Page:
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Rounds of love through pandesal

Give and you shall receive, and it will be given back to you a hundredfold.

“Give us our daily bread” — this line from the Lord’s Prayer reflects our essential need for physical and spiritual nourishment, especially in these trying times. Bread is a staple in almost every household around the world. And, in our case, it would be in the form of the humble pan de sal.

When my daughter Mela and I decided to donate pan de sal to the frontliners in PGH, we decided to make a demo video out of it. Just a simple way to connect with my students and friends and whoever would be interested in learning something new while confined in their homes.

Frontliners and their yummy pan de sal

Little did I realize that it would become viral on social media. I was humbled by the number of messages from countless people who have joined the virtual baking demo. I have been tagged on numerous videos posted on Facebook, Instagram, and YouTube by different people, from housewives, children, and men, to mothers, mothers with daughters, and professionals proudly showing off their baking experiences spurred by my demo.

I still cringe at the thought that somehow our production of the demo could have been a bit more professional considering that I once had my cooking show and have worked as a food stylist for television commercials.

To think at that time, my instructional demo was shot using my daughter’s cellphone mounted on a borrowed tripod. This is why I am humbled by the impact of how it was received; how the simple act of baking pan de sal would bring widespread satisfaction through the stories posted on social media. Pictures of beaming faces as they showed off their baked creations.

The iconic Filipino pan de sal garnered views from other countries like Spain, USA, Australia, Brazil, Hong Kong, and more. Even the Philippine ambassador to Portugal was elated to share her success in the process.

I was particularly touched by an Instagram post of a young girl intently watching and so focused on my demo using a cellphone. I can imagine the smile that lights up one’s face when you manage to transform flour into something you can eat and share. It may be an exact science, but it is just as magical.

Until now, I have been receiving photos and videos sent by those who watched from here and abroad.

I have always found comfort in baking, and if there is any good thing that has sprung from this crisis, it would be the gift of time and the gift of friendship — more time to spend with family and exploring new possibilities in the new normal.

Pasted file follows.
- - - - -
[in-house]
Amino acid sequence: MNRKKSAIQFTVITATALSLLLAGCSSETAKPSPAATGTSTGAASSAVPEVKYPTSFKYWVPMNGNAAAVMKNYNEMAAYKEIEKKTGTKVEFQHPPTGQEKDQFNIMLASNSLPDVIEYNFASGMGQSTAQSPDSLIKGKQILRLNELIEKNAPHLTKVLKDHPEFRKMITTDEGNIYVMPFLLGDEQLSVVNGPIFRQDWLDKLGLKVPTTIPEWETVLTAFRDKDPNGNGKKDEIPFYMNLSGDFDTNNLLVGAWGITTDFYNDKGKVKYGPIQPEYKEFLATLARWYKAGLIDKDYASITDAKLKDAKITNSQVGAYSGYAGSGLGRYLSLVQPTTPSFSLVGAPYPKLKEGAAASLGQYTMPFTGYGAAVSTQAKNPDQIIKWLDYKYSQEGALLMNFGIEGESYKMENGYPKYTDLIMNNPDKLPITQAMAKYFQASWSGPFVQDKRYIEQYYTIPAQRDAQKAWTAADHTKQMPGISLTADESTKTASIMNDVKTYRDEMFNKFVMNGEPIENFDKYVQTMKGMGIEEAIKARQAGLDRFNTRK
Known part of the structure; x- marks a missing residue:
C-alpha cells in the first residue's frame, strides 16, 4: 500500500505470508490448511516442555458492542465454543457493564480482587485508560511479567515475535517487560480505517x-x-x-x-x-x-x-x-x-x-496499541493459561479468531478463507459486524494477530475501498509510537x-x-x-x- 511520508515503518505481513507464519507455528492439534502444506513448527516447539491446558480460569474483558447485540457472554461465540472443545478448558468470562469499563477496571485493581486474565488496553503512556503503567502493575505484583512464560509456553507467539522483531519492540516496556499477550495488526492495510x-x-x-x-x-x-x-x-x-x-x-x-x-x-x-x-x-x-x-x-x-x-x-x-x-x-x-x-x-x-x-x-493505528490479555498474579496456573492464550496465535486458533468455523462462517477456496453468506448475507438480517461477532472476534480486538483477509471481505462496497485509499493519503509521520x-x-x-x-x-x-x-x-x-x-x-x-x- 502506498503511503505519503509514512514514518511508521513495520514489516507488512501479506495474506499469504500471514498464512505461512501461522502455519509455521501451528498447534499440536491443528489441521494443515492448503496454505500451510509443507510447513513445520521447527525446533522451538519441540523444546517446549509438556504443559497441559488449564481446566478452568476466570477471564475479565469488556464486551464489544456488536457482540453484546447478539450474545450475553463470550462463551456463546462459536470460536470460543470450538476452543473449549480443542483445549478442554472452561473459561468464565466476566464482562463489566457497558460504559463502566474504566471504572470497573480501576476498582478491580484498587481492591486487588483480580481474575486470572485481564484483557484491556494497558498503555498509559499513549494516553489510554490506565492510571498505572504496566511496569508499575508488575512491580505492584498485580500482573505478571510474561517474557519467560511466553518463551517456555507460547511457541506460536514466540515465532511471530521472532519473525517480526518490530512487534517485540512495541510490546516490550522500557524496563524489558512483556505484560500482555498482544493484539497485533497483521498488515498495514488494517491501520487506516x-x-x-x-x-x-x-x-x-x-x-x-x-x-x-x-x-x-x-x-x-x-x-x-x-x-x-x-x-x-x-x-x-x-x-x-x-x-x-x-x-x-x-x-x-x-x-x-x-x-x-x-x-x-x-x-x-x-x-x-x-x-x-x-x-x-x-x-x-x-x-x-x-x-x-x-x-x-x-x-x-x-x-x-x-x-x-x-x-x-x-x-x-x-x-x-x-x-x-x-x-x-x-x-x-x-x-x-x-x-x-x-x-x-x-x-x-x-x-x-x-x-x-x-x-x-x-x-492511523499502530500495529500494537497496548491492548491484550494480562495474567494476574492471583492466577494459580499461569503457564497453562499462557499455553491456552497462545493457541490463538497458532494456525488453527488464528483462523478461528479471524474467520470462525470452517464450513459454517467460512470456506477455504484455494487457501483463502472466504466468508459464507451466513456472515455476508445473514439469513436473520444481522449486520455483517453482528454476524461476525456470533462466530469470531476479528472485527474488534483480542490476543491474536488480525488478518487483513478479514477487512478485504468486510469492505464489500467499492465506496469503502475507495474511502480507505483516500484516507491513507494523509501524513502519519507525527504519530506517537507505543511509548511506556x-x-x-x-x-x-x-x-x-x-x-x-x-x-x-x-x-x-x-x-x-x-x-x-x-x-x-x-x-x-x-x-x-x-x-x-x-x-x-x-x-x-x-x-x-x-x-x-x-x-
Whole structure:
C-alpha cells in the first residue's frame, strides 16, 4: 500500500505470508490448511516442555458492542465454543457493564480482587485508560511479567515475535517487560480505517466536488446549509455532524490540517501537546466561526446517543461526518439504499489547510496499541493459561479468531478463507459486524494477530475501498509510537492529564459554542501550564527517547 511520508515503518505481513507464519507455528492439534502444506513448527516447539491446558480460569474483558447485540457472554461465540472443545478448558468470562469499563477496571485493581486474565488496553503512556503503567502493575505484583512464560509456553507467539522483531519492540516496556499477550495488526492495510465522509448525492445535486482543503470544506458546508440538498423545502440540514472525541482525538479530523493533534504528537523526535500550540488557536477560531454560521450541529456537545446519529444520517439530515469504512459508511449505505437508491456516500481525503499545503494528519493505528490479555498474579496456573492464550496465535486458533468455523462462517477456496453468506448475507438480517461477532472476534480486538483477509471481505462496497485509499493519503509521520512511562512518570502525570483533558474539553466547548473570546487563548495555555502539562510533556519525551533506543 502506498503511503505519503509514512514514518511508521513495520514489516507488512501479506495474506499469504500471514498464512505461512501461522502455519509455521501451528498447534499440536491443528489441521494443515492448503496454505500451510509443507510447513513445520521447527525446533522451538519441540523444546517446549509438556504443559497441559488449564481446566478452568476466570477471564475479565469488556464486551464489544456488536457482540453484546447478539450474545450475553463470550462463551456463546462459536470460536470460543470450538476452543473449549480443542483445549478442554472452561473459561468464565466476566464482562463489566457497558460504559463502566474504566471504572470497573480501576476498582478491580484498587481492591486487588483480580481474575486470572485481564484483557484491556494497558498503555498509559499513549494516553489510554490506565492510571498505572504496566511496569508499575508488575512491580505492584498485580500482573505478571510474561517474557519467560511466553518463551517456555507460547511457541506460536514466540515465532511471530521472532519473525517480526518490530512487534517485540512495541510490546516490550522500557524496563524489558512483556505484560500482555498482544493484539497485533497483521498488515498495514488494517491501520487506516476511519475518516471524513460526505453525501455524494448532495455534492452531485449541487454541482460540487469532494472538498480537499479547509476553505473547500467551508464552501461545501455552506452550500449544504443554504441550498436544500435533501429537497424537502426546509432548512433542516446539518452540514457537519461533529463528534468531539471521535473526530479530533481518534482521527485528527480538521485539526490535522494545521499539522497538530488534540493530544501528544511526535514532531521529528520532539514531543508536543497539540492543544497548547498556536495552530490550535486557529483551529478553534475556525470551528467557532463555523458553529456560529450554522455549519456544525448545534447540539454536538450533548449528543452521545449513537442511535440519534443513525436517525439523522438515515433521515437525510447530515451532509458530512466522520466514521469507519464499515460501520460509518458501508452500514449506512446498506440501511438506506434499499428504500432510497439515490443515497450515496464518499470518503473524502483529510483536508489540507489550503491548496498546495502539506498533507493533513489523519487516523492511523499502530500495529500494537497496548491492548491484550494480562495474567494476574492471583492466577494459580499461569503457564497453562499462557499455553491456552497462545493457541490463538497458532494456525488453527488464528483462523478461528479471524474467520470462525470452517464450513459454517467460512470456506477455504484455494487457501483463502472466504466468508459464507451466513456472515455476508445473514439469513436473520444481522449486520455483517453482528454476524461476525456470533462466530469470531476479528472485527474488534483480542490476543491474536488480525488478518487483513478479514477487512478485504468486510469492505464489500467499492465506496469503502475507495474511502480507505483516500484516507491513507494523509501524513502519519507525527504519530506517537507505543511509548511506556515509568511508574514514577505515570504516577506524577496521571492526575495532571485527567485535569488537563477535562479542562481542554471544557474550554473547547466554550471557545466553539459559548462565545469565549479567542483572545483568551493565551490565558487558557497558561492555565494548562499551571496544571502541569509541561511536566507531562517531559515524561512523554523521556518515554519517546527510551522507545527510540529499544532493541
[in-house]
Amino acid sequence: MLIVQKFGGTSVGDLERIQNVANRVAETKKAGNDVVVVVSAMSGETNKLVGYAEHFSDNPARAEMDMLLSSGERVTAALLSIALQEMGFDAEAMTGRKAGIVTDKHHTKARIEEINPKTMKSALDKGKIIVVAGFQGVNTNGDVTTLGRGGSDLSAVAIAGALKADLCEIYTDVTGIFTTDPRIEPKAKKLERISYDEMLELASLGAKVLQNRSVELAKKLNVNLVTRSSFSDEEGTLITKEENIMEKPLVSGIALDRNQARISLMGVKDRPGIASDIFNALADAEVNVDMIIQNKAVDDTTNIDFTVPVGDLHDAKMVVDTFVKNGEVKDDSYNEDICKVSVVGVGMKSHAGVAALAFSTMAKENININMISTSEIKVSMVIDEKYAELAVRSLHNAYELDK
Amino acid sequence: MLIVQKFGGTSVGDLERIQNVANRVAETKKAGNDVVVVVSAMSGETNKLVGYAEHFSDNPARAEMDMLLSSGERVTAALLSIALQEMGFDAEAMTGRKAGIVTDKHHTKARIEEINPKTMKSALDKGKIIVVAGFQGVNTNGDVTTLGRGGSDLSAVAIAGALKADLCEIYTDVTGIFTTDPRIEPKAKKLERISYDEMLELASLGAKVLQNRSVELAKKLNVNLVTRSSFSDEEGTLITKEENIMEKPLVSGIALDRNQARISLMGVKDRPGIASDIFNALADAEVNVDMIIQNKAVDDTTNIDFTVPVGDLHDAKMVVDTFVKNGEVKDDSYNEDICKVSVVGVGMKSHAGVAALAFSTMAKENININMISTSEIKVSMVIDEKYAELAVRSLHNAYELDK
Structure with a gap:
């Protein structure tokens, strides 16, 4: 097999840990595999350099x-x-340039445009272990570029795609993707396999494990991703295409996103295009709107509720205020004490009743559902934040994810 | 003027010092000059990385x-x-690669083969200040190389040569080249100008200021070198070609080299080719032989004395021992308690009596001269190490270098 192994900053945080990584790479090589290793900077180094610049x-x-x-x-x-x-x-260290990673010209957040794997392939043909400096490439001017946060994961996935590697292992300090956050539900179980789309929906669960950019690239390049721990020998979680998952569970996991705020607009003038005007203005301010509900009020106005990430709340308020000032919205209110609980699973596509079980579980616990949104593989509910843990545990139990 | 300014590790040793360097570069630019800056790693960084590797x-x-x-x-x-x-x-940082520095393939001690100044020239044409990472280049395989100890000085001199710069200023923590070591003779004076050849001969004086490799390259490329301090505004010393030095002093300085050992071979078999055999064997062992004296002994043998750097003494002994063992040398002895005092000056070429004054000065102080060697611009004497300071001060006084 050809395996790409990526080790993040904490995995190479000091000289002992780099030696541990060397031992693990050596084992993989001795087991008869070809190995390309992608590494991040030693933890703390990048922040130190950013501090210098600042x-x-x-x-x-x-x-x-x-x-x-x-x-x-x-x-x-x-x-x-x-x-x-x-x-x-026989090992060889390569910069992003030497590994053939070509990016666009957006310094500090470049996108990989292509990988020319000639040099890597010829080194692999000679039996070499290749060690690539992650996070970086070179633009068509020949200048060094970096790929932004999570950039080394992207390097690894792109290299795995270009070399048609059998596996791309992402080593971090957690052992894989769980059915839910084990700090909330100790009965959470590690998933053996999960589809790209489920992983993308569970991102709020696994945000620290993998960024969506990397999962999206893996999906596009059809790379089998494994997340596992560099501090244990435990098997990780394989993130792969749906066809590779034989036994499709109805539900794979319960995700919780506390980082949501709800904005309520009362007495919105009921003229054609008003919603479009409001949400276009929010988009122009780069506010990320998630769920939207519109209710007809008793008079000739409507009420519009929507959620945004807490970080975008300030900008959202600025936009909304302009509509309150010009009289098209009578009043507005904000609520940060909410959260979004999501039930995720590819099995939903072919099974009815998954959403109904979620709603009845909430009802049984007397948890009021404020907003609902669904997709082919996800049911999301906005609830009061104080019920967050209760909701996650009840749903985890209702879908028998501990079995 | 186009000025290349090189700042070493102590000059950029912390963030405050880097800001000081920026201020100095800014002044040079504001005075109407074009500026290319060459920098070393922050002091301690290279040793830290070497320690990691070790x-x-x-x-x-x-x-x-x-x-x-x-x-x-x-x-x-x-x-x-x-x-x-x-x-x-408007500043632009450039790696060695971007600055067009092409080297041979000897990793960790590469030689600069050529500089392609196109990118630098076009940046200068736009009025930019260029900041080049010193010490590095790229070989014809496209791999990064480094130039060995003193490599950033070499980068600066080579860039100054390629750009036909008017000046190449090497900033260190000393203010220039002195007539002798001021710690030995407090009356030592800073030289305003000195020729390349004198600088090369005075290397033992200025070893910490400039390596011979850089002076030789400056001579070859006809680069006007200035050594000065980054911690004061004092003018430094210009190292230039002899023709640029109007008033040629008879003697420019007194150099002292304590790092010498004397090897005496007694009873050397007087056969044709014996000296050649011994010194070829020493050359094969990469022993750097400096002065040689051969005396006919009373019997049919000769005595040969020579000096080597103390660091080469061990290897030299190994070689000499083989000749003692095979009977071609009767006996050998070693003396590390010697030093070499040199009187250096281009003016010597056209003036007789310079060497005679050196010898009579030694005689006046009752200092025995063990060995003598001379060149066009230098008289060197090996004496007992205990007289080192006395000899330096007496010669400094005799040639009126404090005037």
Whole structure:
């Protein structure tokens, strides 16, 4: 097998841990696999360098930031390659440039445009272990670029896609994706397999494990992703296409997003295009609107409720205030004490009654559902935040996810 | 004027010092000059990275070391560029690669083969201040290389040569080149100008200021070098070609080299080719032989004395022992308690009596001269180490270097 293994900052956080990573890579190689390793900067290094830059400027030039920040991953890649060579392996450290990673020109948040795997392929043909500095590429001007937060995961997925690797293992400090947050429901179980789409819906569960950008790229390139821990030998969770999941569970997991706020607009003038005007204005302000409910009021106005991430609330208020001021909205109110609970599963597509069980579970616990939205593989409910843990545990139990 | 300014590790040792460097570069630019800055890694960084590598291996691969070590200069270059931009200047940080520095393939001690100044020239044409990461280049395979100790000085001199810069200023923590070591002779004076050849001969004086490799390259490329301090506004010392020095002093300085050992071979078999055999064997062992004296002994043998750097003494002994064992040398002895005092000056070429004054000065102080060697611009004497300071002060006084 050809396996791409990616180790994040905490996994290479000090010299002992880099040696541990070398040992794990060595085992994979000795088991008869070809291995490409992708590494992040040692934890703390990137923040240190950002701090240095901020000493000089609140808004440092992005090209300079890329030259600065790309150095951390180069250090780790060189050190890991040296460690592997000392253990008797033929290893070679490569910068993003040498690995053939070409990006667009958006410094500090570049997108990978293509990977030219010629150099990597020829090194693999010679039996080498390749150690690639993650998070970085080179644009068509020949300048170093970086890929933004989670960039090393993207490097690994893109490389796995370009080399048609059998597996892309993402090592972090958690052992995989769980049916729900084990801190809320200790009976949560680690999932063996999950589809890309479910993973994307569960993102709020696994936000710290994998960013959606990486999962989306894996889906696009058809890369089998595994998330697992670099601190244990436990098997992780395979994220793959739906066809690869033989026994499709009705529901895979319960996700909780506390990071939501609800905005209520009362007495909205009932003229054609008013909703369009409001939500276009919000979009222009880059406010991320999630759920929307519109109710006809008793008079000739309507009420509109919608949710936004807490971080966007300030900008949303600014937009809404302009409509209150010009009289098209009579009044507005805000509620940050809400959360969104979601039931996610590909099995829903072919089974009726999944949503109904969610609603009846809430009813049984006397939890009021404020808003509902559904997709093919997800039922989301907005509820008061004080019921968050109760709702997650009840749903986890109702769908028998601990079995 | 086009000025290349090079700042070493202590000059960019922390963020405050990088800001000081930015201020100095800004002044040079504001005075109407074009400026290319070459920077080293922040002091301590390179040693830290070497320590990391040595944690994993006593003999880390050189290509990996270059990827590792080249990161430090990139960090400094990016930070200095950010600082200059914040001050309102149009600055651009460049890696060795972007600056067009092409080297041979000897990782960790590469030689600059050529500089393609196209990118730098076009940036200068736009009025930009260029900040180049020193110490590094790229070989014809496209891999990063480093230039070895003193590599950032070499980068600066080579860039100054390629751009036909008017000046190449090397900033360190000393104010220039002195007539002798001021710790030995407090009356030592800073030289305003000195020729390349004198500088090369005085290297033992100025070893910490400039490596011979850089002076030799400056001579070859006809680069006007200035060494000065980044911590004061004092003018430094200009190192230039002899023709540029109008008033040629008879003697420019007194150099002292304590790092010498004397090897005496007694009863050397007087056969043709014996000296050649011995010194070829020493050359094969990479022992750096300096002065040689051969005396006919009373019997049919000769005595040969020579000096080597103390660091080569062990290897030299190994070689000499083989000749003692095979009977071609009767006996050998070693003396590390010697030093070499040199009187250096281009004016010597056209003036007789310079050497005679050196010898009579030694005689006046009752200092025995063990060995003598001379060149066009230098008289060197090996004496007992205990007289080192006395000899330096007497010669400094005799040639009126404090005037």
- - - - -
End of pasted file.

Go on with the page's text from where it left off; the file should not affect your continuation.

Now I begin to understand that while the pandemic has kept people confined in their homes, a lot have turned to baking as a means of therapy and stress release.

The best way to not feel hopeless is to get up and do something. And to accomplish projects, unlock hidden talent or rediscover your skills gives you a feeling of empowerment and control in these trying times. Sharing my pan de sal video was fortuitous because it resonated with a lot of people. And the flood of positive feedback was a big boost to my spirits as well.

This simple gesture has brought me many blessings. But I was certainly not expecting the biggest surprise so far: a gift from Besterm International, a food equipment supplier. They sent me my dream oven, the Italian-made Venix tabletop convection oven. Apparently they had seen my video, too. For this I am truly grateful and humbled.

I extend much gratitude to everyone who shared with me their baking triumphs, their journey and the joy of unlocking a new skill. As we navigate through this new normal, it is my hope that we have more adventures in baking together in the virtual space.

Pan de sal


1 ??cup ??lukewarm water (110 °F)

?2?? teaspoons ??instant dry yeast

2 ??teaspoons ??sugar

For the dough:

?500?? grams ??bread flour

1 ??teaspoon ??salt

1/2 ?cup ???sugar

1/2 cup ???corn oil

2 ??egg yolks, slightly beaten



1. Prepare yeast mixture. Let rest for 7 minutes.

2. Add the rest of the ingredients and knead until smooth and elastic. Let rest until it doubles in bulk.

3. Punch down and roll into a baston. Cut using a wooden dough cutter to seal and cut.

4. Roll in breadcrumbs.

5. Place on cookie sheet. Let rise until double in size.

6. Bake at 3500F for 20 minutes or until golden brown in color.

Credit belongs to : www.philstar.com


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